Can You Work 60 Hours & Not Get Paid Overtime?
Review your time card to know if you should receive overtime pay.
- 1 What Hours Count Towards an Hourly Rate?
- 2 State Vs. Federal Minimum Wage
- 3 State Requirements for Paying Hourly Workers
- 4 Can My Employer Make Me Work at Lunch?
Under the Fair Labor Standards Act, certain employees must receive overtime pay if they work a specific number of hours for the week. The state might set its own overtime provisions. If you work 60 hours, whether you should get paid overtime depends on if you worked overtime on a daily or weekly basis and whether you are exempt from FLSA or state overtime laws.
If you are not exempt from FLSA overtime pay provisions and work more than 40 hours for the week, your employer must pay the excess hours at 1.5 times your regular hourly rate. If you meet these standards and work 60 hours, your employer should pay you overtime for 20 hours. The state may follow federal overtime laws, or it might have its own weekly requirement. For example, Texas follows the FLSA, but Minnesota requires overtime for work hours that exceed 48 for the week. If you are subject to both federal and state overtime laws, your employer must use the law that sets the higher standard. In addition, the FLSA applies to employers who are covered under the act, but state law may apply to all employers. Therefore, even if you are not covered under the FLSA, you might have coverage under state law.
The FLSA does not mandate overtime on a daily basis, but some states do. Depending on how you worked the 60 hours, you might be due overtime if you are not exempt from the state’s overtime laws. For example, in Colorado, nonexempt employees must get overtime pay for work hours exceeding 12 for the day. Therefore, even if you did not work at least 40 hours in a given week, your employer might have to pay you overtime. California requires double-time pay in some instances. Consult the state labor department for its overtime rules to clarify whether you should receive overtime under your state’s law.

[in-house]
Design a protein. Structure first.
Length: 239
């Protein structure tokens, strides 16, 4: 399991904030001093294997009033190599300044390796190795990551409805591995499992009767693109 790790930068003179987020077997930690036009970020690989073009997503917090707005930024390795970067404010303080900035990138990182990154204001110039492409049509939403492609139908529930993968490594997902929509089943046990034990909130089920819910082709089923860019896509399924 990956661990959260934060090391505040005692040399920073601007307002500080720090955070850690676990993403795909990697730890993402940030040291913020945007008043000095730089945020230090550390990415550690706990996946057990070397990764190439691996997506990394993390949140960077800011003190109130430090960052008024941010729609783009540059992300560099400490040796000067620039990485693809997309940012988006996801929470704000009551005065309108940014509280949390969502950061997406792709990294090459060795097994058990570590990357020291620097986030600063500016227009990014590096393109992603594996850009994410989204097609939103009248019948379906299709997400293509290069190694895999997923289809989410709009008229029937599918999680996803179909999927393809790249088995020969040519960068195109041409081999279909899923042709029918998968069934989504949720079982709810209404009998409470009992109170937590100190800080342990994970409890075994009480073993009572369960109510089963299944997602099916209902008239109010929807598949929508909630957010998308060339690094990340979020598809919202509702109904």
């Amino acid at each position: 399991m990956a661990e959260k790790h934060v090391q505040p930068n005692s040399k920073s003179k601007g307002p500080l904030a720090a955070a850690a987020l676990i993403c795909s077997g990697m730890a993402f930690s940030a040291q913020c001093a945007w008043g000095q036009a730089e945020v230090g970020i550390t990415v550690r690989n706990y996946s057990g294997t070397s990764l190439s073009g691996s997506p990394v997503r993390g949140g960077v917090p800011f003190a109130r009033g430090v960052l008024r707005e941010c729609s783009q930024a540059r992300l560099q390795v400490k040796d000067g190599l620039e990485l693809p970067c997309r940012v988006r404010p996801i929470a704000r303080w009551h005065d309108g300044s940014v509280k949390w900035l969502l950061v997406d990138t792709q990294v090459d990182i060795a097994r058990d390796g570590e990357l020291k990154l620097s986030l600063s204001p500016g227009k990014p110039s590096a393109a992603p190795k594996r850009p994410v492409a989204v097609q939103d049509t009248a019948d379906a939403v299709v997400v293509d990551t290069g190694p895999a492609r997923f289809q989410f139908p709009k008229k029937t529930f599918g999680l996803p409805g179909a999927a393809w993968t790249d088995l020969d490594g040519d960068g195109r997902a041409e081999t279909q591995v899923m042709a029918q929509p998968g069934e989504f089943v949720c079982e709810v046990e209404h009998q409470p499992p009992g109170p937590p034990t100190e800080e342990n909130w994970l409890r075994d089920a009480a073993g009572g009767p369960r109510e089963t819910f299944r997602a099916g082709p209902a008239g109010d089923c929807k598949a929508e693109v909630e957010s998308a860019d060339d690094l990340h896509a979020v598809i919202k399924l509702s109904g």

If you are exempt from FLSA overtime pay provisions, your employer does not have to pay you overtime if you work 60 hours for the week. FLSA rules for exempt are varied and complex; your employer must follow them precisely, as misclassification can cause you to wrongfully not receive overtime. Generally, executive, administrative, professional, computer and outside sales employees are exempt. Some of these employees must receive a weekly salary of at least $455, as of 2013. As a salaried exempt employee, your employer can pay you extra if he wants to. The extra pay may come in the form of a bonus, flat sum, straight-time or time-and-a-half pay or additional time off. For example, your employer could have a policy stating that weekly hours over 50 are paid at a salaried exempt employee’s straight-time pay. This means you would receive your normal salary for 50 hours and the remaining 10 hours would be paid at your regular hourly rate.
Nonexempt General Rule
If you are not exempt under federal or state law, you are nonexempt and must receive overtime as required. Note that you are nonexempt until proved exempt. Exempt status is determined by the duties an employee performs. If you do not perform the mandated duties, you are nonexempt.